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Ham radio ISS contacts


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Howdy folks! I was just curious how many amateur radio operators are on the forum. Also have any of you made Ham contact with the ISS? I'm currently working on a hand held dual band yagi antenna. I've

Have'nt done ISS but I did several with the Space shuttles and regularly used the Japanese Fuji sats FO20/29. Plus Oscar's 10 and 13 which gave world wide coverage. BTW I'm G1HWY Here are the

Hi, Theres a guy down the end of our road who has talked to the ISS. He's got a quite incredible aerial setup, though! I've never been round to see how it's all operated, radio is something

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My grandfather was a HAM, previously he was a radio operator on HMS Repulse and submarines and ended up teaching radar at Cranfield.

My dad was more interested in radio control, starting by building bang-bang servos and valve transmitters/receivers. Now he uses gigahertz kit and despairs of some of today's RC'ers who don't even understand how a fuse works...

I've got an SDR setup with a ~2m yagi for meteor detecting using Graves radar. I must admit I'm tempted to try using it to pick up slow scan TV from the ISS, apparently Russian crews set this up from time to time.

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I remember the first time the space shuttle operated on VHF over the UK, it was mayhem.

It was not the proudest moment for amateur radio I'm afraid. From AOS to LOS it was bedlam with people calling willy nilly and someone broadcasting Nellie the Elephant by Mandy Miller trying to block signals from the shuttle.

I did manage to hear W5LFL but didn't try to contact with my QRP setup.

 

I'm G0DKR by the way but G6XWR when the above happened.

 

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  • 3 weeks later...

Nice! Thanks for that info since I'll be using a UV 5 or UV 8 when I attempt it. Unfortunately I've had to put this project on the back burner for a bit. 

On a side note, had a pass of the ISS the other night that would of been perfect for it. The -2.4 pass took six minutes according to my tracker. Unfortunately I was at work so all I could do was watch.

 

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My old dad was G3YGU, he maintained his license even after many years of radio silence. He was strictly HF only and talked to the States frequently. When He died I had a serious trip down memory lane as I cleared the remnants of his shack.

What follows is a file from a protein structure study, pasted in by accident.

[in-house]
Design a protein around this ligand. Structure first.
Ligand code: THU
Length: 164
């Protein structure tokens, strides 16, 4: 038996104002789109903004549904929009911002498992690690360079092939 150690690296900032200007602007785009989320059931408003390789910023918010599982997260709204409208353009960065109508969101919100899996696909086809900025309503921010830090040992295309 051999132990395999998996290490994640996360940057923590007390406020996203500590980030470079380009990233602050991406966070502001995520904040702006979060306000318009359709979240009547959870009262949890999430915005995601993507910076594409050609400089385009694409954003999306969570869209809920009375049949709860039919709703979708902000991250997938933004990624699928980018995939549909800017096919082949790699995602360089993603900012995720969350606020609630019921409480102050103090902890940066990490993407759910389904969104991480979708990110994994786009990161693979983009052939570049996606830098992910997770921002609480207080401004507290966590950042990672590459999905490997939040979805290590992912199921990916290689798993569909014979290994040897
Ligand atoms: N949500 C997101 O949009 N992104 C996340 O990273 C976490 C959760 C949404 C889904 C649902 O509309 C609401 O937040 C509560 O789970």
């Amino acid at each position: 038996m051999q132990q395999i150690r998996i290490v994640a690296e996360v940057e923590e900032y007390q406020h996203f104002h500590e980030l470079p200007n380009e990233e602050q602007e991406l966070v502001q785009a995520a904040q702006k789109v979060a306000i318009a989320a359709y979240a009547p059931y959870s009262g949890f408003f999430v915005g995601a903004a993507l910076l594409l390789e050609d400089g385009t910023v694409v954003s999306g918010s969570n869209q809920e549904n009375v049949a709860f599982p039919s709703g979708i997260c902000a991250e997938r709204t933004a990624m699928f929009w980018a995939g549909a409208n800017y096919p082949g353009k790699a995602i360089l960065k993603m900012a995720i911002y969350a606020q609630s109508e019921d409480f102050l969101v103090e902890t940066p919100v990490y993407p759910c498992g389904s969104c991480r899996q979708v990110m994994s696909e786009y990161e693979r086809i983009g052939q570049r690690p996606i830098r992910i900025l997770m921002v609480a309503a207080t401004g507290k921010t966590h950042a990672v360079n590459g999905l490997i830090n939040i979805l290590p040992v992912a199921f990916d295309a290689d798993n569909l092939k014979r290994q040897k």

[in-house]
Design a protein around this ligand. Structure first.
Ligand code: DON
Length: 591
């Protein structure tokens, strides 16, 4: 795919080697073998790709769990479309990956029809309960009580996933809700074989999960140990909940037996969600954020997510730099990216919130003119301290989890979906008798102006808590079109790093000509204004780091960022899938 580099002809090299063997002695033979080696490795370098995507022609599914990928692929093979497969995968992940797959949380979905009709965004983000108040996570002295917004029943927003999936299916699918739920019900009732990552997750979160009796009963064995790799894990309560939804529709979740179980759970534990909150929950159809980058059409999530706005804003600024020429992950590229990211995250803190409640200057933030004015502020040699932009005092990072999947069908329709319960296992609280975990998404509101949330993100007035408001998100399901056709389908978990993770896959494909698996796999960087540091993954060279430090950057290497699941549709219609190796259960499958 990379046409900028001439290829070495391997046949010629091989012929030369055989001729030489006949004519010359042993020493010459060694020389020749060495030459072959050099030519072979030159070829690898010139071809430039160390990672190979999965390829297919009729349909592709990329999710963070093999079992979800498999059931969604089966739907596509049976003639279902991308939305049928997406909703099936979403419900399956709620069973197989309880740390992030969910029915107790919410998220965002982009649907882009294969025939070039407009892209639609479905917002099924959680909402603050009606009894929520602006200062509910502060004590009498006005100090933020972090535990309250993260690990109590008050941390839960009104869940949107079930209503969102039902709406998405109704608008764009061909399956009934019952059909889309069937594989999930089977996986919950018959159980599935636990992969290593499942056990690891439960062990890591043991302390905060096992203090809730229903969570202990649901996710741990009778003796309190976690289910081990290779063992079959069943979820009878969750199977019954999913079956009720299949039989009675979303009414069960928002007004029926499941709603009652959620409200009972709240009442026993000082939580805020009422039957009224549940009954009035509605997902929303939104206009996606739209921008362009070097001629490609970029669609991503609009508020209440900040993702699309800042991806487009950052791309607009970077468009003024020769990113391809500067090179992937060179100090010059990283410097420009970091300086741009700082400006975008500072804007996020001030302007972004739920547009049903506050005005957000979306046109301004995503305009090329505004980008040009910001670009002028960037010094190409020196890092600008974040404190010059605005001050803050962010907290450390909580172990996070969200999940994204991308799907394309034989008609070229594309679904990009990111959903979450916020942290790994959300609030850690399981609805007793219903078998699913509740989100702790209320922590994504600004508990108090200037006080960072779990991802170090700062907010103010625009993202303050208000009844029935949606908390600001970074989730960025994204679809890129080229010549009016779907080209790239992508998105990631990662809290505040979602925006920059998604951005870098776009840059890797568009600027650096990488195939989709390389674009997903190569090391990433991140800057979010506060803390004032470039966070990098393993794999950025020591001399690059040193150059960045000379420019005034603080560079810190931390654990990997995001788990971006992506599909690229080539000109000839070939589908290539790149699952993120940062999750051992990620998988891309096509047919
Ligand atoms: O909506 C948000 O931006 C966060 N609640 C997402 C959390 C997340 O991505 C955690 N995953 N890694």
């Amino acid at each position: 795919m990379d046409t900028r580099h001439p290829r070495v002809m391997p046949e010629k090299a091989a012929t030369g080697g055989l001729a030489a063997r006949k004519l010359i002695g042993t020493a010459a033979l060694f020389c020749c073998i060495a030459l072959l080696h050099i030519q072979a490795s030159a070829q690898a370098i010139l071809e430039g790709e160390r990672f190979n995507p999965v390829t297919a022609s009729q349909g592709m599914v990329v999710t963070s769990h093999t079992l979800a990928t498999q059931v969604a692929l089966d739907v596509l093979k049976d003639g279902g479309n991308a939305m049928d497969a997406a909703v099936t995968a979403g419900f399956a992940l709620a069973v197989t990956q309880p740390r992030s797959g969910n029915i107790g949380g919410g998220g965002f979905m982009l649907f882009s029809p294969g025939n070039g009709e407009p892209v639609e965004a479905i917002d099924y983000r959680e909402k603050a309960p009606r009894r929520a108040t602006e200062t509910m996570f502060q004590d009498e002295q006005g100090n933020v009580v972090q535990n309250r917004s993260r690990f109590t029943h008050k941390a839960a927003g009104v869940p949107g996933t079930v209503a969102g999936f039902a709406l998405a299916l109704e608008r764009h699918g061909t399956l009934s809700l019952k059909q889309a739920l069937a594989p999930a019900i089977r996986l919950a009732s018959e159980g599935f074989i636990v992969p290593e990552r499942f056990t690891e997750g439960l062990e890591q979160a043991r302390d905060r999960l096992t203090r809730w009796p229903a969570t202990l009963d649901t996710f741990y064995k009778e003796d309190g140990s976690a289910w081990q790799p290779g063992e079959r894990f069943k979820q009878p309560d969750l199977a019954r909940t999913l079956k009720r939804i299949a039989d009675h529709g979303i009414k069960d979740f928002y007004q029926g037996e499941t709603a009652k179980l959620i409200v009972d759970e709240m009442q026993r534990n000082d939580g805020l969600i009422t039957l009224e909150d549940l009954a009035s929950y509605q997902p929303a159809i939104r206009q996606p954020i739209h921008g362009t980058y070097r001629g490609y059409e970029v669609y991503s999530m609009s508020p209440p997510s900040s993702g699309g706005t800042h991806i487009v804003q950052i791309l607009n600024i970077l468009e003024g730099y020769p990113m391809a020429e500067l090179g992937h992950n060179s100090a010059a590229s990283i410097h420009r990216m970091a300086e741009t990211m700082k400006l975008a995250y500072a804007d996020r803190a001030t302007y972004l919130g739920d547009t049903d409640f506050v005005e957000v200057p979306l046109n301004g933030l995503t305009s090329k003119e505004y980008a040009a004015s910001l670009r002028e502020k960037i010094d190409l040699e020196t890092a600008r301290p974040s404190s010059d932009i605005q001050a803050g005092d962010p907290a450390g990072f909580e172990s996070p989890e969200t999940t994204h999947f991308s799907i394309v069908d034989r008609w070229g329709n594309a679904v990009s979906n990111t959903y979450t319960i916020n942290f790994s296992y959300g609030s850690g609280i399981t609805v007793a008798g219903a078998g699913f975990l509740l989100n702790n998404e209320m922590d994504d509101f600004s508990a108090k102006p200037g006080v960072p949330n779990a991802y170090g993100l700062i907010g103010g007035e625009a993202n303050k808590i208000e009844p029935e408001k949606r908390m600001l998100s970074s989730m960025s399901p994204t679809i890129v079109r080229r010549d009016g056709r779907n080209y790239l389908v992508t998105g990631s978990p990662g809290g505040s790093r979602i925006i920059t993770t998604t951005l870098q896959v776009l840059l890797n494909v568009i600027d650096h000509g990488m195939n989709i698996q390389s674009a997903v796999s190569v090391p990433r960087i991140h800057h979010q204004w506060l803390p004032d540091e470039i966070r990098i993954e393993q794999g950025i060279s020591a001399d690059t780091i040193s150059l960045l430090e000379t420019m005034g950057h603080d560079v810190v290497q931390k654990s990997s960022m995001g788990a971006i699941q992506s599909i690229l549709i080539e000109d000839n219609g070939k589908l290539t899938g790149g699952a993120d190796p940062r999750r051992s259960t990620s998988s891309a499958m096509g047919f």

I kept his old station log books and his framed RAE certificate, which are still at the side of my bed still. I still hear the heterodyne whistle and smell the solder when my mind wanders back to my childhood, looking over his shoulder.

I passed the RAE in '81 when I was 16/17 but never took up a license for various reasons. 

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Sounds like memories to definitely hold on to. Glad to hear that you kept his logbooks. Those are one of a kind things that was strictly his.

There is just something about the hums and whistles that definitely carry a person back in time. When I got my general license, people tried to get me to buy new digital equipment. Nope, not for me. I gotta have the hums and whistles. Both of my HF radios are old tube boat anchors. Swan 500c and Heathkit HW 101. 

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  • 1 year later...

I’m a ham but never tried to make contact with the ISS. To be honest my station has been packed up since we moved house nearly three years ago 😟 . Need to get it sorted. 
 

I do fancy trying to grab one of their QSL cards (the ham version of a post card to confirm a contact) that the licensed hams on board sometimes send via SSTV. Think one if the Russians currently on board is transmitting on and off at the moment. 
 

As for getting licensed-if you know one end of a soldering iron from the other then the M6 foundation license is very straightforward. The 2x0 intermediate licence is eminently achievable given a bit of study. If you can get your head around astronomy you can get your head around the material. 
 

The M0 full licence is a different kettle of fish and being a member of a local ham radio club is desirable although I did the RSGB distance learning course and found a friendly club that let me sit it there. I somehow scraped a pass. 
 

Great hobby to be involved in and with all the digi modes etc there’s plenty of scope to get into some niche areas :)  

73 de M0SDB

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4 hours ago, merlin100 said:

This is my humble setup. 😉

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The good thing is an expensive station is not needed to reach all round the world.

Yes it's easy to spend a fortune but simple gear can still do the job.

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6 hours ago, wxsatuser said:

The good thing is an expensive station is not needed to reach all round the world.

Yes it's easy to spend a fortune but simple gear can still do the job.

Very true. My Yaesu FT-817ND that I sold about 2 years ago, was used portable a lot. It even got me a contact with Ian VK3MO on 20m with just 5W, mind you, Ian's stacked yagis are something else! 

I must admit, I do like my valve (tube) amplifier. This is the second amplifier I've owned, the last one was traded in part exchange to buy the Alpin 100 MKIII. That was an Ameritron AL-811H. I love seeing glowing glass valves, must be something from my childhood! 

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